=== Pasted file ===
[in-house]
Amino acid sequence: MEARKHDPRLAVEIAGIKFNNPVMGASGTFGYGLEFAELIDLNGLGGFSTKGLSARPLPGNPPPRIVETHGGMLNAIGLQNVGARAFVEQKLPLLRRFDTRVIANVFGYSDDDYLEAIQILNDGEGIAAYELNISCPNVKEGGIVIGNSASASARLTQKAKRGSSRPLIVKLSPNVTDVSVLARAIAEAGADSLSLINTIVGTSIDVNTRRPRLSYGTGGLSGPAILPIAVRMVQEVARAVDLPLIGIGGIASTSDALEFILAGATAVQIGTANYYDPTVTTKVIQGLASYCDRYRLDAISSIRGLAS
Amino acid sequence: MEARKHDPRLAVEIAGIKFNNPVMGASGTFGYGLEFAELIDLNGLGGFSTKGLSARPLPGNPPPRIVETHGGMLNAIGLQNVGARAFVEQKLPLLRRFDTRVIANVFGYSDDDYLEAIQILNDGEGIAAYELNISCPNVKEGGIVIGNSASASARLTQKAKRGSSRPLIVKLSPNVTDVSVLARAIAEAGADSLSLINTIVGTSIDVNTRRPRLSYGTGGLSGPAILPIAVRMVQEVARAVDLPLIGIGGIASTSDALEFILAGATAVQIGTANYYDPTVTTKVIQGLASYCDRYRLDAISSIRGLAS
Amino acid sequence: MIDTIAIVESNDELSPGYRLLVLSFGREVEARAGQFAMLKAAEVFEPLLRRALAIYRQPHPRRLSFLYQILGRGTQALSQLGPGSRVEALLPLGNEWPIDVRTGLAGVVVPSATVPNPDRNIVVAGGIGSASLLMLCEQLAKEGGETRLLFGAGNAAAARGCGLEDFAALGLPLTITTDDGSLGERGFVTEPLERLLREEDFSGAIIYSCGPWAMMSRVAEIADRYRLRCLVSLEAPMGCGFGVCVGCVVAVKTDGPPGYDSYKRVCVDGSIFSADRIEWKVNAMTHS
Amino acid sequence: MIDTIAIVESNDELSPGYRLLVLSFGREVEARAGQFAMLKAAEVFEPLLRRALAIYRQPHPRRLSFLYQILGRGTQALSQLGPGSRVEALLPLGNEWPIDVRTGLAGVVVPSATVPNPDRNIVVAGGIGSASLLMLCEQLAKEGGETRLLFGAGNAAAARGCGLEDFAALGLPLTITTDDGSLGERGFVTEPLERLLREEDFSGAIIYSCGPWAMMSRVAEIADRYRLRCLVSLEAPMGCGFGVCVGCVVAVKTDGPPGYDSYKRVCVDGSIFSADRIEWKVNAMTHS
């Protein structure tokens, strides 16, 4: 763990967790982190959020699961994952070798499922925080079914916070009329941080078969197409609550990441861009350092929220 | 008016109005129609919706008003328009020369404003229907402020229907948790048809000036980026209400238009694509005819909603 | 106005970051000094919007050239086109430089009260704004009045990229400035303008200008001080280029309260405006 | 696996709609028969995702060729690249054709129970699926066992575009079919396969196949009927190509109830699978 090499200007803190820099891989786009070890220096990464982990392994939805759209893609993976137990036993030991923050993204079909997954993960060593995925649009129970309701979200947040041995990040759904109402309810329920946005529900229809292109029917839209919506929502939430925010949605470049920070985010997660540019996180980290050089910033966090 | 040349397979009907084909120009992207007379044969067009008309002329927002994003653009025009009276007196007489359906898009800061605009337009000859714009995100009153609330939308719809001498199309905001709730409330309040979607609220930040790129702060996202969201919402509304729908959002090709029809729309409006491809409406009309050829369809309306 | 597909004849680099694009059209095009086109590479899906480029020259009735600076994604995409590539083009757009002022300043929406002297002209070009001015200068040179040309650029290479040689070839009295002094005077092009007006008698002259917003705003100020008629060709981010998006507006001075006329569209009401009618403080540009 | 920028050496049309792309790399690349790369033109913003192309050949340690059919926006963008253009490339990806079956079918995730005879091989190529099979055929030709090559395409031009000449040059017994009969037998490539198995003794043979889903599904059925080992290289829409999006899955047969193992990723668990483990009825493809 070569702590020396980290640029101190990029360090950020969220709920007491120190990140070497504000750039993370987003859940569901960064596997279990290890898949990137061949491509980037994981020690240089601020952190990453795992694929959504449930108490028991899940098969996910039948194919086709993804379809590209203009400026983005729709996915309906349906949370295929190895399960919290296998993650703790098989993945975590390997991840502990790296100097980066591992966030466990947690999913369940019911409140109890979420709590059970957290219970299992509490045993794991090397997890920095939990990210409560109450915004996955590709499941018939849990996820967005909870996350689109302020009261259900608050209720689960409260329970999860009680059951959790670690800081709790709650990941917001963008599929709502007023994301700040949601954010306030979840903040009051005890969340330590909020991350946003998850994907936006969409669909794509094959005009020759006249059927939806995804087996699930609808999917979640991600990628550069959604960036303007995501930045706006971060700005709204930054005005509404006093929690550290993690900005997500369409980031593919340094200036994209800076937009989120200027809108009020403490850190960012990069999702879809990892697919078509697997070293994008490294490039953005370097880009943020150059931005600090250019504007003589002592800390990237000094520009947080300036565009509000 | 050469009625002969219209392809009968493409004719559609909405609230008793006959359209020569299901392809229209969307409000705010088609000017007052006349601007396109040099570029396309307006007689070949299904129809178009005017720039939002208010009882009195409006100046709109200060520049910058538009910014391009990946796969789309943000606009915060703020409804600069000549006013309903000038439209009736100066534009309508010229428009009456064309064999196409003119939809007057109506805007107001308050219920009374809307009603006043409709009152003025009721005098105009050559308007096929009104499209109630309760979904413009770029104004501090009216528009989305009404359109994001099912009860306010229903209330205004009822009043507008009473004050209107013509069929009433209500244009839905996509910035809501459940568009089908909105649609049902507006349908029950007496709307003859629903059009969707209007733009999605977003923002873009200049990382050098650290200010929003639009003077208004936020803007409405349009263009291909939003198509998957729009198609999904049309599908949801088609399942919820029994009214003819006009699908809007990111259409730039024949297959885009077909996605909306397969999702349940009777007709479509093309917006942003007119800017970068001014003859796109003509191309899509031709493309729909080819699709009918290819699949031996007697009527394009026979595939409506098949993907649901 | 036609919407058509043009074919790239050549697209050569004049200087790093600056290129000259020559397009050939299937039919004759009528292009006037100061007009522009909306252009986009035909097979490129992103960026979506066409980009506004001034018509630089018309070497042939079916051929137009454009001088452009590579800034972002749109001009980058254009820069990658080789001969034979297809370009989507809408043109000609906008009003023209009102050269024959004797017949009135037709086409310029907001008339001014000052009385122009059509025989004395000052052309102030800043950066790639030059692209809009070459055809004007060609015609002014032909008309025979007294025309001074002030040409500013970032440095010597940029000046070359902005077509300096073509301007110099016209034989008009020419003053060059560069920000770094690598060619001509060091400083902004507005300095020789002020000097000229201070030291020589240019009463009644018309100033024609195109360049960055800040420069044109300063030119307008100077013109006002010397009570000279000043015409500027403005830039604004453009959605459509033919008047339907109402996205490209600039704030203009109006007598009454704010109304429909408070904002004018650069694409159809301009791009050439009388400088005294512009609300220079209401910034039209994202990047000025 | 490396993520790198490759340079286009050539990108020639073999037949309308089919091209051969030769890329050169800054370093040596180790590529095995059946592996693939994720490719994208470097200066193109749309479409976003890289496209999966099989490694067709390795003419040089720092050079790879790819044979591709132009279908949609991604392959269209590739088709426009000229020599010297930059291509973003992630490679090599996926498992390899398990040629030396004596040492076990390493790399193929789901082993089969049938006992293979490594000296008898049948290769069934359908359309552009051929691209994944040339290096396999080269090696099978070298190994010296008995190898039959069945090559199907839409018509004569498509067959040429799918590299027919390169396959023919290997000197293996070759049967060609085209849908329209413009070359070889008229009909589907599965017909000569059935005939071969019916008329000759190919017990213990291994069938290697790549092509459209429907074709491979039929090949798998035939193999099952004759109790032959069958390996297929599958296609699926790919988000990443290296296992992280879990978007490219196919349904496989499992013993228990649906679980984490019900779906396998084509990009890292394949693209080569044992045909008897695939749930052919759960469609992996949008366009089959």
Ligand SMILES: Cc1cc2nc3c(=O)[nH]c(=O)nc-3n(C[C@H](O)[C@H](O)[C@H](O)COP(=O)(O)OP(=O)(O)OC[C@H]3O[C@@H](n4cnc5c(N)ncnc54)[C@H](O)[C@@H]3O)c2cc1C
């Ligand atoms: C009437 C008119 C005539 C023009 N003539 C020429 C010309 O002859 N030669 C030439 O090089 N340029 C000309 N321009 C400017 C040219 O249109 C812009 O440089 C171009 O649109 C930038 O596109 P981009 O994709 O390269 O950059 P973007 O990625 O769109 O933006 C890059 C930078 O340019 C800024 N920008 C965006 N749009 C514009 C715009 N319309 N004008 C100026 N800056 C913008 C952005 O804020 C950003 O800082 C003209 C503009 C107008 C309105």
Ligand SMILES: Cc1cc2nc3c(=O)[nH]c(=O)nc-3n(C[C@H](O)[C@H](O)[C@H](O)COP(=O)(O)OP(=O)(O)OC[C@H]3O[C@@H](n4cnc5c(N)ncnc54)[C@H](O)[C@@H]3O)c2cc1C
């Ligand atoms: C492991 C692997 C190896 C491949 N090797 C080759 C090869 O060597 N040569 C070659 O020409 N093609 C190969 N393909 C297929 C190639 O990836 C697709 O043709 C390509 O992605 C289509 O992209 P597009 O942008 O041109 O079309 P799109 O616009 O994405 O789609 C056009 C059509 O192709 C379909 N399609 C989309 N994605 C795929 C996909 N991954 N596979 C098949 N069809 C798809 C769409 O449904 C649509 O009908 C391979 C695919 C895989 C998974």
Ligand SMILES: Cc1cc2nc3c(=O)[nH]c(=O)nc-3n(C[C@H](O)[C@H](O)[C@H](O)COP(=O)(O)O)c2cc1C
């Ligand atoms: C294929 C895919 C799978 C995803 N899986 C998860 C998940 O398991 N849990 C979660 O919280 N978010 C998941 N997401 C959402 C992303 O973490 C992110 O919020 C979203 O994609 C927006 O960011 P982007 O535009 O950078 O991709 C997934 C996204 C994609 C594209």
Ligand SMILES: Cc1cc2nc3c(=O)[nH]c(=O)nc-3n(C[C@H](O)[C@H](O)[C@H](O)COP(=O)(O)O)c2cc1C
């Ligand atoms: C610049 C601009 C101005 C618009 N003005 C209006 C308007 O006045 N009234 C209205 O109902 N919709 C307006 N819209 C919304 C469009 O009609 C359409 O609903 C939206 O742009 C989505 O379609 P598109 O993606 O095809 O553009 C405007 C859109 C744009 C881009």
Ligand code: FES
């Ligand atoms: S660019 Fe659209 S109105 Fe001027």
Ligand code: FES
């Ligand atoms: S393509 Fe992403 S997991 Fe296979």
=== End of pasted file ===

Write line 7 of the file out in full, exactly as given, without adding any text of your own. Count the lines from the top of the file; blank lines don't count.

Ligand SMILES: Cc1cc2nc3c(=O)[nH]c(=O)nc-3n(C[C@H](O)[C@H](O)[C@H](O)COP(=O)(O)OP(=O)(O)OC[C@H]3O[C@@H](n4cnc5c(N)ncnc54)[C@H](O)[C@@H]3O)c2cc1C